Report the Death to Social Security You can call the Social Security Administration or contact your local Social Security office. You cannot report a death online. Be ready to share the Social Security number and date of birth of the deceased.
If you need to report a death or apply for benefits, call 1-800-772-1213 (TTY 1-800-325-0778). You can speak to a Social Security representative between 8:00 a.m. – 7:00 p.m. Monday through Friday. Although our offices are closed to the public, employees from those offices are assisting people by telephone.
You can apply for benefits by calling our national toll-free service at 1-800-772-1213 (TTY 1-800-325-0778) or by visiting your local Social Security office. An appointment is not required, but if you call ahead and schedule one, it may reduce the time you spend waiting to apply.
Your Social Security number and the deceased worker’s Social Security number. A death certificate. (Generally, the funeral director provides a statement that can be used for this purpose.) Proof of the deceased worker’s earnings for the previous year (W-2 forms or self-employment tax return).
If the deceased was receiving Social Security benefits, you must return the benefit received for the month of death and any later months. Request that any funds received for the month of death or later be returned to Social Security. Benefits received by check must be returned to Social Security as soon as possible.
Benefits end in the month of the beneficiary’s death, regardless of the date, because under Social Security regulations a person must live an entire month to qualify for benefits. There is no prorating of a final benefit for the month of death.
Only the widow, widower or child of a Social Security beneficiary can collect the $255 death benefit, also known as a lump-sum death payment. Priority goes to a surviving spouse if any of the following apply: The widow or widower was living with the deceased at the time of death.
Within a family, a child can receive up to half of the parent’s full retirement or disability benefits. If a child receives survivors benefits, they can get up to 75% of the deceased parent’s basic Social Security benefit. There is a limit, however, to the amount of money we can pay to a family.
It takes 30 to 60 days for survivors benefits payments to start after they are approved, according to the agency’s website. An agency spokeswoman told me every case is different.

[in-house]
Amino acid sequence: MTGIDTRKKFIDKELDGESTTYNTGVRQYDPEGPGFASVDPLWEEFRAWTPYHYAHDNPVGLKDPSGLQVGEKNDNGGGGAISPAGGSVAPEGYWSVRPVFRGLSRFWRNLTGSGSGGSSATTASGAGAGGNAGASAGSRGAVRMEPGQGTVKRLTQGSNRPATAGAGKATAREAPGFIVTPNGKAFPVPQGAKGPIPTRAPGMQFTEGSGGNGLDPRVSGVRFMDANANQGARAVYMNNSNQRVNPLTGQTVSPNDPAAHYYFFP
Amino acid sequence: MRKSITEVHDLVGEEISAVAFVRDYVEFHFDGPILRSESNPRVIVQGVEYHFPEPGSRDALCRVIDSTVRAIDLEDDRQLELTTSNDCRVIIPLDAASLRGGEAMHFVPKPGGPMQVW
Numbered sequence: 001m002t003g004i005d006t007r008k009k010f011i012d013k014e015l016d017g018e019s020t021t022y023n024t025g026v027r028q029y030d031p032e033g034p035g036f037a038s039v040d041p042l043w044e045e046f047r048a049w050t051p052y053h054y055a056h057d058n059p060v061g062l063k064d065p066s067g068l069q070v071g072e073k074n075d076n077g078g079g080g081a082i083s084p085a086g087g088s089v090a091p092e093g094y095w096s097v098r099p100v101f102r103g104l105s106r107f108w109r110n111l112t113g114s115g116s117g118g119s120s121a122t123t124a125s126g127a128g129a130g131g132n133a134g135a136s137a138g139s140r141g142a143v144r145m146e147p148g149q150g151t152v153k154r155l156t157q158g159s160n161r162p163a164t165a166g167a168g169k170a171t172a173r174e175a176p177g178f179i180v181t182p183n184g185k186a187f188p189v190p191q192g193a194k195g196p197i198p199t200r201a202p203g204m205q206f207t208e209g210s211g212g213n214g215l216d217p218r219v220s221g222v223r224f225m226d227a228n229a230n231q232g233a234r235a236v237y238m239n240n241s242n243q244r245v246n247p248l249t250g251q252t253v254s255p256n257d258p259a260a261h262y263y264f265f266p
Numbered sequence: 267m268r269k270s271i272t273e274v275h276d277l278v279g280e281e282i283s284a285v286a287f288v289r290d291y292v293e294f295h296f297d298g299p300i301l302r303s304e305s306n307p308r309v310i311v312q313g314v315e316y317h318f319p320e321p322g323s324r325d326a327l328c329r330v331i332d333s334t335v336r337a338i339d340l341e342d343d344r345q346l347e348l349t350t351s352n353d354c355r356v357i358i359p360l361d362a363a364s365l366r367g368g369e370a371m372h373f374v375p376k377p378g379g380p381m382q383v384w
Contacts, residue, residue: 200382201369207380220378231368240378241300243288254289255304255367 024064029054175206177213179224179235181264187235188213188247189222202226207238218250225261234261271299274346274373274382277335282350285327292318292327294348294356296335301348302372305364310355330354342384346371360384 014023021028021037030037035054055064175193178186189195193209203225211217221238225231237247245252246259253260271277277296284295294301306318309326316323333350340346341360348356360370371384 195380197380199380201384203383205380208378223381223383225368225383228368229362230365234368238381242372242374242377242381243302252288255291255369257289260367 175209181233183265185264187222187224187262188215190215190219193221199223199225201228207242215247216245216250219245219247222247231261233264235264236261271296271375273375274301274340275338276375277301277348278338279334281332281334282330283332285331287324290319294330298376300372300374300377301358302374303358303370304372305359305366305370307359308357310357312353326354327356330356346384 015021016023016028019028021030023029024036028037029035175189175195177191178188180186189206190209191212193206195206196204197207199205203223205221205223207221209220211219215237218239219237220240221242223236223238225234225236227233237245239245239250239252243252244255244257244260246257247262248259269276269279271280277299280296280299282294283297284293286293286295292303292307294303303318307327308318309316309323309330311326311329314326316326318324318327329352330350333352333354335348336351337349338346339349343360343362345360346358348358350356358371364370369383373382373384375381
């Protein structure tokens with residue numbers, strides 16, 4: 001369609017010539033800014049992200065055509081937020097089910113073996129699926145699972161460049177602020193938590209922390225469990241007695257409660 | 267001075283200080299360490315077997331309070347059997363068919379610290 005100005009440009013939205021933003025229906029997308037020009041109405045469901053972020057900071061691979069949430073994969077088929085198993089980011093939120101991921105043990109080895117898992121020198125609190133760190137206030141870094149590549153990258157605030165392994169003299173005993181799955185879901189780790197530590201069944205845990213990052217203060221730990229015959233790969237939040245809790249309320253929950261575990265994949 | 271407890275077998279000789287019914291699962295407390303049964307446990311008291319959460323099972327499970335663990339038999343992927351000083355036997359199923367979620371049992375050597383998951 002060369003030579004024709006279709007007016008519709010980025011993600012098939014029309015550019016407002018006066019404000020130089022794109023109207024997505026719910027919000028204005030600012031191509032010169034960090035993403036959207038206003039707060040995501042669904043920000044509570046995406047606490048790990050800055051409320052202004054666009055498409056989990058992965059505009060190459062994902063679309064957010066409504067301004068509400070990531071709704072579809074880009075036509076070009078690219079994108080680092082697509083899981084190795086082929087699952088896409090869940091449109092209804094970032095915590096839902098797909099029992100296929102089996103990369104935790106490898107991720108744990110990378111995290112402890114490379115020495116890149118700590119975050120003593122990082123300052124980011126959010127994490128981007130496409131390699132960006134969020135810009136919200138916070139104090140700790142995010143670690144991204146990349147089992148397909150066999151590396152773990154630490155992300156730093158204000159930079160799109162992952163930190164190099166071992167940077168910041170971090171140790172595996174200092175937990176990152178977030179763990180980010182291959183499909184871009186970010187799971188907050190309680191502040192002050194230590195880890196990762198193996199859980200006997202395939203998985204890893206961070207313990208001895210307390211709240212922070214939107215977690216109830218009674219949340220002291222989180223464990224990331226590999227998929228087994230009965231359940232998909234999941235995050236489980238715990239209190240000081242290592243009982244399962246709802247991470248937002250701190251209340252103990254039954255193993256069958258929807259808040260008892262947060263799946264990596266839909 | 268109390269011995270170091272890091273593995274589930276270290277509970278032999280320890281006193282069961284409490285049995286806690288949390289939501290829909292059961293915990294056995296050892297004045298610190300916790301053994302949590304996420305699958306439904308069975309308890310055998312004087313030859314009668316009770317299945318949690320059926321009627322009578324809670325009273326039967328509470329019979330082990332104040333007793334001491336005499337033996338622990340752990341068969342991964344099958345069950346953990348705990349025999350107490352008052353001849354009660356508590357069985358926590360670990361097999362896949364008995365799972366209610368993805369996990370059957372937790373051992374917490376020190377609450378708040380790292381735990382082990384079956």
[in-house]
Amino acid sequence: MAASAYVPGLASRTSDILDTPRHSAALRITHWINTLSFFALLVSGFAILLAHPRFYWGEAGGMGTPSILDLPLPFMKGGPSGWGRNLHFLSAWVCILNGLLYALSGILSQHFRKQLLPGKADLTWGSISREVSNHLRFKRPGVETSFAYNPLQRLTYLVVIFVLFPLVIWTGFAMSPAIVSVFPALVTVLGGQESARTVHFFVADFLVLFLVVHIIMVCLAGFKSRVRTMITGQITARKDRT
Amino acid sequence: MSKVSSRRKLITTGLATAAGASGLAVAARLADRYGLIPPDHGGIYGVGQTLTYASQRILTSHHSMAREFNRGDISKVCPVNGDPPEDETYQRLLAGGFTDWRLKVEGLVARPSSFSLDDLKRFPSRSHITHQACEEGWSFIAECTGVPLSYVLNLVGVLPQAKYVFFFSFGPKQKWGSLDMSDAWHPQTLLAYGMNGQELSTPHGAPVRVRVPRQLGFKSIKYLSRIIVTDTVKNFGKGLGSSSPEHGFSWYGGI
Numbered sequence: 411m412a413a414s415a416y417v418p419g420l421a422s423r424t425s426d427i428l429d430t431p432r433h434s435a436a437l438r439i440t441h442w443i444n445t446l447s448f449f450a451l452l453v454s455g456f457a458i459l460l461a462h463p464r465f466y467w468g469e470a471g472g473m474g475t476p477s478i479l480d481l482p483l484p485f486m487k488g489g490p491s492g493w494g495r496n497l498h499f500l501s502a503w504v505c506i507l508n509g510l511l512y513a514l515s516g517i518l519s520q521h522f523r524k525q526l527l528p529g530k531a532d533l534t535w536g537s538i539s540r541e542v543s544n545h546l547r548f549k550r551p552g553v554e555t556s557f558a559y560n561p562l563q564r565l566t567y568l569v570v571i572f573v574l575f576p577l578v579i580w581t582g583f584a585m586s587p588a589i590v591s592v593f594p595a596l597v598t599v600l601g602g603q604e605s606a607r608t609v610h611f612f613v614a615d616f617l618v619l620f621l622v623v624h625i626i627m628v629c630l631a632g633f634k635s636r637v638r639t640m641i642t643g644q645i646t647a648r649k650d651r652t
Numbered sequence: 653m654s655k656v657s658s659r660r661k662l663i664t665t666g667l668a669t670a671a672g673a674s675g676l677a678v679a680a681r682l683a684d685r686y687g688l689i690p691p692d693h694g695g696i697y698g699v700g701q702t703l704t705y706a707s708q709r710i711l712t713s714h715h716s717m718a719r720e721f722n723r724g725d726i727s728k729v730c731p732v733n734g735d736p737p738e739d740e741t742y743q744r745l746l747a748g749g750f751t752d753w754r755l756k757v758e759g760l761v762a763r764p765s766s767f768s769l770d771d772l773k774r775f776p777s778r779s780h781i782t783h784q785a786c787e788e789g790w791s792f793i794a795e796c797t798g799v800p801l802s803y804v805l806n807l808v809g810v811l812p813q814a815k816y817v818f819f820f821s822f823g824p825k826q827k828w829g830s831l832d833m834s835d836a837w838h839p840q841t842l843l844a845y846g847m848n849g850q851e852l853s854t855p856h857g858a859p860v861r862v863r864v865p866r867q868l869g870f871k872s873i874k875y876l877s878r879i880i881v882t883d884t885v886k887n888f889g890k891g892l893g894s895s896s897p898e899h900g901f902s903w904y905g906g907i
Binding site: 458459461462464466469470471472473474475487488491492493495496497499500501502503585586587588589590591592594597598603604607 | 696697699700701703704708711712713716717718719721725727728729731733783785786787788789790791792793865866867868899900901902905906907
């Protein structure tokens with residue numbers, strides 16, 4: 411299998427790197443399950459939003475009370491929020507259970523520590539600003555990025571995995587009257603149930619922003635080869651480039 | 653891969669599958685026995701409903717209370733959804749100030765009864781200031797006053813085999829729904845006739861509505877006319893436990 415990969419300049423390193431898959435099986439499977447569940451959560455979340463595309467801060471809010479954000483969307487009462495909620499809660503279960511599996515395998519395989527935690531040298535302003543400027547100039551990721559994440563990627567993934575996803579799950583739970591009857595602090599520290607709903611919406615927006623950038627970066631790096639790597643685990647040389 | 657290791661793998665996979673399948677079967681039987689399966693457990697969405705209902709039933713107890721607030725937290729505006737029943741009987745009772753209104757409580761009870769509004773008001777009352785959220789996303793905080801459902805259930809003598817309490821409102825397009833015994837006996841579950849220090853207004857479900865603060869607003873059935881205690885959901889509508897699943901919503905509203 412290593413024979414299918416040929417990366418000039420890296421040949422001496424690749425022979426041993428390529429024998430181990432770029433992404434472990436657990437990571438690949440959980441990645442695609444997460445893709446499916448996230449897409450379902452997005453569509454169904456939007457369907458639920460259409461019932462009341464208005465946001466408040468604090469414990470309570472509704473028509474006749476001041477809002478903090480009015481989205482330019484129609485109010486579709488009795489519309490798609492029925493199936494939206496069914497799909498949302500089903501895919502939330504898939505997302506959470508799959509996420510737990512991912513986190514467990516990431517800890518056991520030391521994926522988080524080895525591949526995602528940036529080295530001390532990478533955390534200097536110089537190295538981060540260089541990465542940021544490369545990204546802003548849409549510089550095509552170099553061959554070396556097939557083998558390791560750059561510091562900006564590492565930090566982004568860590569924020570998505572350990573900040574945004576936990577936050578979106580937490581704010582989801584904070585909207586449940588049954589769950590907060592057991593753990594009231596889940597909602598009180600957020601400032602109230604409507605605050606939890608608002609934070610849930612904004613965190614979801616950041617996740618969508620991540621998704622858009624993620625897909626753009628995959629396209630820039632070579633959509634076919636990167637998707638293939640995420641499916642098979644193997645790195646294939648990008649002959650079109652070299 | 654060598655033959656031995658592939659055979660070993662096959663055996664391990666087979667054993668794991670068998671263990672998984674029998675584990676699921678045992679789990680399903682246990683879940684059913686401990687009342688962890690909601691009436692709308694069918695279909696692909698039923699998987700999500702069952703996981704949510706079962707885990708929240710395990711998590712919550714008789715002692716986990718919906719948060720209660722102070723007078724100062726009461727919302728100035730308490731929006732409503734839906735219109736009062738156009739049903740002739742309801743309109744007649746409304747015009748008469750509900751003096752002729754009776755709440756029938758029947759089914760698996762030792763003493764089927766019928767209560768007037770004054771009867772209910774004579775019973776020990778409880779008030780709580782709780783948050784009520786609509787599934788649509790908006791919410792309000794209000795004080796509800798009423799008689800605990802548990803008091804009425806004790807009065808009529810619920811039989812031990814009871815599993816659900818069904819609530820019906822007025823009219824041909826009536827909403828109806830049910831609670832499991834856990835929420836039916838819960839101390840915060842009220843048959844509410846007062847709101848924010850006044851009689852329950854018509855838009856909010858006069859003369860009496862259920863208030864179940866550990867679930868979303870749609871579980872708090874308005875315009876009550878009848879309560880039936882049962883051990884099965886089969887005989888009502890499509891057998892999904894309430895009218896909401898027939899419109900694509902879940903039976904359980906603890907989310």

In 2021, if you’re under full retirement age, the annual earnings limit is $18,960. If you will reach full retirement age in 2021, the limit on your earnings for the months before full retirement age is $50,520.
You can apply for benefits by calling our national toll-free service at 1-800-772-1213 (TTY 1-800-325-0778) or by visiting your local Social Security office.
Social Security: You must notify the Social Security Administration of the death, and apply for any possible Social Security death benefits and survivors’ benefits. You will need the deceased’s Social Security number and date of birth. The Social Security office automatically notifies Medicare of the death.
When an account holder dies, the next of kin must notify their banks of the death. The bank may require other documents, including court-issued letters testamentary or letters of administration naming an executor or administrator of the deceased’s estate.
“ Any benefit that’s paid after the month of the person’s death needs to be refunded,” Sherman said. With Social Security, each payment received represents the previous month’s benefits. So if a person dies in January, the check for that month — which would be paid in February — would need to be returned if received.
The Social Security Administration (SSA) pays a small grant to eligible survivors of some beneficiaries to help with the cost of a funeral. The heirs of a beneficiary who has passed have some flexibility in how this benefit is paid out and what it may be used to pay for.
According to the SSA, “If a benefit payment is received by direct deposit, contact the bank or other financial institution as soon as possible and ask them to return any funds received for the month of death or later.” Acting quickly will help surviving families avoid any financial confusion during an already difficult